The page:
Gilding the walks of Central Park

Christo's `Gates' to billow in the wind for just two weeks

February 12, 2005|By Glenn McNatt | Glenn McNatt,SUN ART CRITIC

NEW YORK - Volunteers have been racing to put the finishing touches on thousands of orange plastic crossbeams fitted with tightly furled golden fabric panels.

Hotels are filling up, restaurants are offering specially prepared - and sometimes color-coordinated - dishes, tour operators are bracing for an onslaught of out-of-towners joining their bus, bike and walking tours. An army of merchandisers is poised to take their share of the $80 million windfall that the artwork is expected to generate for the city.

And everywhere, people are waiting to actually see the whimsical, quirky but grandly conceived public artwork they've been hearing about for months.

Today, Christo and Jeanne-Claude, the husband-and-wife artists who once wrapped Berlin's Reichstag in fabric and erected thousands of umbrellas across California and Japan, will unfurl their latest creation: a serpentine corridor of 7,500 saffron-colored banners stretching along 23 miles of pedestrian paths in Central Park.

If all goes well, about 600 workers will loosen more than a million square feet of fabric from their orange supports starting about 7 a.m., realizing a dream the artists first had in 1979: a luminous golden ceiling billowing above pedestrians' heads in the historic park many consider a work of art in itself.

"Just think that in 1981, the Parks Commission wrote a 415-page book basically to say `no' to us," Jeanne-Claude said last week. "After that ... we thought our next project would be Over the River," she added, referring to a work the artists had been planning in Colorado since 1992.

"But then the miracle happened," Jeanne-Claude said. "Our friend Michael Bloomberg was elected mayor. And now he's supporting us not because he loves our work, but because he loves New York City."

The project will cost $21 million, all of it raised by the artists from the sale of drawings.

Titled The Gates, it is a deliberately ephemeral artwork that will last just 16 days before workers dismantle it and return the park to its original condition.

But during that time New Yorkers and their guests will have the chance to celebrate the recovery of a city and an economy that had been demoralized by the devastating terrorist attacks of Sept. 11, 2001.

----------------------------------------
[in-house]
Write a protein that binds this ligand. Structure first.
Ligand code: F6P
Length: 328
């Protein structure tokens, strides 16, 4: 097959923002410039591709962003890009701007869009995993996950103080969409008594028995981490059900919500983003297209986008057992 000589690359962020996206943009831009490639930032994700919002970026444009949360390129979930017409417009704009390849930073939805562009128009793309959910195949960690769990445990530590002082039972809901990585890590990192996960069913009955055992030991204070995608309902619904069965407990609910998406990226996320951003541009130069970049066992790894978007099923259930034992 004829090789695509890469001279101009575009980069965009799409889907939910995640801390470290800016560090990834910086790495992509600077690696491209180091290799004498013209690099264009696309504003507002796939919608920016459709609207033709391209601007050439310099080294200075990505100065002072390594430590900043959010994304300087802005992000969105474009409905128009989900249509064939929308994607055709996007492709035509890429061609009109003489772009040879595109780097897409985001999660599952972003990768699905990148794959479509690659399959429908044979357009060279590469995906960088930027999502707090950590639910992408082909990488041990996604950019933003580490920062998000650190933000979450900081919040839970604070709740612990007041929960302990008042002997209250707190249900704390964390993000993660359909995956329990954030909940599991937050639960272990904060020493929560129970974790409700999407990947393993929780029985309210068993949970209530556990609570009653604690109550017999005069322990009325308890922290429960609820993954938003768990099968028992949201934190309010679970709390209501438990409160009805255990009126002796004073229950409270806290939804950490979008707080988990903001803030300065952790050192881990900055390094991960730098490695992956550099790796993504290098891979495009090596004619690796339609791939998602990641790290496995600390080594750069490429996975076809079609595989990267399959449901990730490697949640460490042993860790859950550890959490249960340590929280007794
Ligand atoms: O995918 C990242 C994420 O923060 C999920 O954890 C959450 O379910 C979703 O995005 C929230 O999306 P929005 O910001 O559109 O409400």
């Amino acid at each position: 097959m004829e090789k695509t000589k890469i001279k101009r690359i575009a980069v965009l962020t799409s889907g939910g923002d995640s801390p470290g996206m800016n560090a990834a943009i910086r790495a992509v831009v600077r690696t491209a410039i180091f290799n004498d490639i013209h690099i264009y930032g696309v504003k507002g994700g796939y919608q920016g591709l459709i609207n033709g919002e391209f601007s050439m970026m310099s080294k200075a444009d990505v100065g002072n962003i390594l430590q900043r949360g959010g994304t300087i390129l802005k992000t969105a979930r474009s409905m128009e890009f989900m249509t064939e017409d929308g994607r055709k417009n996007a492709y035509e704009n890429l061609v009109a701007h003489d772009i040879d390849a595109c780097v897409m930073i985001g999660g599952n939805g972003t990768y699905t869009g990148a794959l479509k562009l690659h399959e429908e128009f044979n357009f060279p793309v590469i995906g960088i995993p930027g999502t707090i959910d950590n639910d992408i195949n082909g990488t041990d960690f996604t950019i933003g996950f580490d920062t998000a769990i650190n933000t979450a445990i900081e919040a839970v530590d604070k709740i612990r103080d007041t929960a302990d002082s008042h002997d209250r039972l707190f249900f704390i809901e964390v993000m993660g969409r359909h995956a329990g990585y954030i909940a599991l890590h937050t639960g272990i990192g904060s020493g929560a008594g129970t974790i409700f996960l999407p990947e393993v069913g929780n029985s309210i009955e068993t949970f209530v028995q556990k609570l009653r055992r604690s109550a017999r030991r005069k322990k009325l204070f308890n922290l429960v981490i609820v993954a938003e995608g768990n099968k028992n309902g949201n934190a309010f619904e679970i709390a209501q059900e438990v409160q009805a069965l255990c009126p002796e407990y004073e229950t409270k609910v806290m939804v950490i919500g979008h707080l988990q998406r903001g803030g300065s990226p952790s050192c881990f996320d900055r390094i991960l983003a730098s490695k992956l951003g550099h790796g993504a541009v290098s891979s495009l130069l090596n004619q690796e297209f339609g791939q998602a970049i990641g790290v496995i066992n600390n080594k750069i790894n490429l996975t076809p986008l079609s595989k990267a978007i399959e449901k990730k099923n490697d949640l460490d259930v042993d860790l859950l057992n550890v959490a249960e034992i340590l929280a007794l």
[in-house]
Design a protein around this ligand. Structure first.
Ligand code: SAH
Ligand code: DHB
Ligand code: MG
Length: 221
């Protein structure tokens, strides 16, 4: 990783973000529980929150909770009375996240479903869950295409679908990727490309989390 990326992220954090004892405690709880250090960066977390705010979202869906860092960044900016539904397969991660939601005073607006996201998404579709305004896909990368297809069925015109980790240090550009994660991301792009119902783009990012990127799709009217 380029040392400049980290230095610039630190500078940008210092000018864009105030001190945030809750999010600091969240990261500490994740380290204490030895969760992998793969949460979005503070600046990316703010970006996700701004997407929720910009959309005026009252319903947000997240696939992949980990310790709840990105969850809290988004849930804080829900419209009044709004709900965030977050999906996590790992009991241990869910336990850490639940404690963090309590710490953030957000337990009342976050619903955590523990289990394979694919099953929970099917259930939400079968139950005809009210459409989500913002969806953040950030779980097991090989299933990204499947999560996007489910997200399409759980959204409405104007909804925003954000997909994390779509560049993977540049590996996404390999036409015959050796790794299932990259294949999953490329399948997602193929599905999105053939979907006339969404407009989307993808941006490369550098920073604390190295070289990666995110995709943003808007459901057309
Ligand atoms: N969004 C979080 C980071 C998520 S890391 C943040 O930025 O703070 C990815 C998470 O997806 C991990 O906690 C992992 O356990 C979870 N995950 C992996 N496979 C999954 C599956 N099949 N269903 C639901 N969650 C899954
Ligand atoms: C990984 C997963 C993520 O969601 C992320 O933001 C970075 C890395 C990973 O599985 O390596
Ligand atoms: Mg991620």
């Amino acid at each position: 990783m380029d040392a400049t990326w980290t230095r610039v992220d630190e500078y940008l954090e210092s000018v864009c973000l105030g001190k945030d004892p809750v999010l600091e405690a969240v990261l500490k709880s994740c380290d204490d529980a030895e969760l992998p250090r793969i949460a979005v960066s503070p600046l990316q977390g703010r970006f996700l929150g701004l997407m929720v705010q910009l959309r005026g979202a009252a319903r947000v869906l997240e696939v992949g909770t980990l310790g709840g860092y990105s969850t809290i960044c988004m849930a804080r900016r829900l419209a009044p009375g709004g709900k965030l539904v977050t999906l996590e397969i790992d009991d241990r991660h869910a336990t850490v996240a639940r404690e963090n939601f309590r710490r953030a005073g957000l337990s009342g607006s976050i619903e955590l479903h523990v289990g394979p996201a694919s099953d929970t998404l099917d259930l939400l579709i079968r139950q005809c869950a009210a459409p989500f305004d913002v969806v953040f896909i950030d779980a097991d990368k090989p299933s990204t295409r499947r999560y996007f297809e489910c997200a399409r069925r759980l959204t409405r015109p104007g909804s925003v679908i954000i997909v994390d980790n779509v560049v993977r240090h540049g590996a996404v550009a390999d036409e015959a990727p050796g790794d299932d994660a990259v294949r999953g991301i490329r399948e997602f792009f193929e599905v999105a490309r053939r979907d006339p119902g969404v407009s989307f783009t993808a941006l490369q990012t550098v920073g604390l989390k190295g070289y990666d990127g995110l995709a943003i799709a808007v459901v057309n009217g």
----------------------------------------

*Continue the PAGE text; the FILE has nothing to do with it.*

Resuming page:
"The Gates will be the biggest public art project in New York City's history - and funded entirely by the artists," an enthusiastic Bloomberg predicted this week. "People know it's a once-in-a-lifetime experience; that's why they're coming from all over the world to see it."

New York is ready to welcome them with open arms. The city's tourism board says an extra 50,000 hotel rooms have been reserved for the two weeks The Gates will be up.

Even before today's unveiling, the project has attracted hundreds of volunteers to the city to help install the 7,500 gates from which the banners will hang. Many have worked on previous installations, others were drawn to participate in this, the first that Christo and Jeanne-Claude have done in their adopted city of New York.

Among the workers who were organized into teams of eight, responsible for erecting 100 gates each, was former Texas Gov. Ann Richards, seen this week raising crossbeams with surprisingly youthful energy for a 71-year-old just inside the park at Fifth Avenue and 72nd Street.

"It's important for people to see beautiful public art," the famously straight-talking politician said. "And I like projects that bring people together when there's nothing in it for them."

There will be something for the city's tourism industry, though, as The Gates is expected to draw at least 2 million visitors eager to share the artists' vision simply by being there and becoming part of the event.

By experiencing the work directly, viewers participate vicariously in Christo and Jeanne-Claude's creative process, their presence transforming the ephemeral object into a permanent memory that is like a beautifully wrapped gift.

Many hotels and tour operators have designed packages around the event, boosting their business during a traditionally slow time of year for vacation travel to Manhattan.

The Mandarin Oriental Hotel New York, for example, is offering a Gates package starting at $1,050 a night for a room overlooking the park, breakfast, snacks, a book about The Gates published by the Metropolitan Museum of Art - and a loaner pair of binoculars.

Picking up on the color of The Gates' fabric panels, restaurants will offer saffron-themed dishes, such as the pasta rigatoni alla donna at La Prima Donna, which manager Mohamed Choayra described as "pasta with hot and sweet Italian sausage, green beans and creamy tomato sauce."

At Django, the saffron specialty will be the bouillabaisse, a fish stew made with red snapper, clams, mussels and lobster.

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